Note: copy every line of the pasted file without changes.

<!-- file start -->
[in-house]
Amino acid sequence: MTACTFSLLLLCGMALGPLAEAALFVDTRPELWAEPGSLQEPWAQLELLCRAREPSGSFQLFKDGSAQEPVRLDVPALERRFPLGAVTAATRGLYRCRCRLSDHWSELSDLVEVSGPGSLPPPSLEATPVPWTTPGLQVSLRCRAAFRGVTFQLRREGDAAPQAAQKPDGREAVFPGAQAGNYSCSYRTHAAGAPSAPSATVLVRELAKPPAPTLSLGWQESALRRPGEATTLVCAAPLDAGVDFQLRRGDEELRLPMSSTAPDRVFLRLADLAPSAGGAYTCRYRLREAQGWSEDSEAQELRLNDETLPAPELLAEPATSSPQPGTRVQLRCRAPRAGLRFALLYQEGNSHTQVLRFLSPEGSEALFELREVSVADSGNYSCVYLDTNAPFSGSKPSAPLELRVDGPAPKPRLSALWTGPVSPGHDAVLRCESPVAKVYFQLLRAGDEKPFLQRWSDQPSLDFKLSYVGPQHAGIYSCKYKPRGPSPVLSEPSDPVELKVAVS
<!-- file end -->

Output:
[in-house]
Amino acid sequence: MTACTFSLLLLCGMALGPLAEAALFVDTRPELWAEPGSLQEPWAQLELLCRAREPSGSFQLFKDGSAQEPVRLDVPALERRFPLGAVTAATRGLYRCRCRLSDHWSELSDLVEVSGPGSLPPPSLEATPVPWTTPGLQVSLRCRAAFRGVTFQLRREGDAAPQAAQKPDGREAVFPGAQAGNYSCSYRTHAAGAPSAPSATVLVRELAKPPAPTLSLGWQESALRRPGEATTLVCAAPLDAGVDFQLRRGDEELRLPMSSTAPDRVFLRLADLAPSAGGAYTCRYRLREAQGWSEDSEAQELRLNDETLPAPELLAEPATSSPQPGTRVQLRCRAPRAGLRFALLYQEGNSHTQVLRFLSPEGSEALFELREVSVADSGNYSCVYLDTNAPFSGSKPSAPLELRVDGPAPKPRLSALWTGPVSPGHDAVLRCESPVAKVYFQLLRAGDEKPFLQRWSDQPSLDFKLSYVGPQHAGIYSCKYKPRGPSPVLSEPSDPVELKVAVS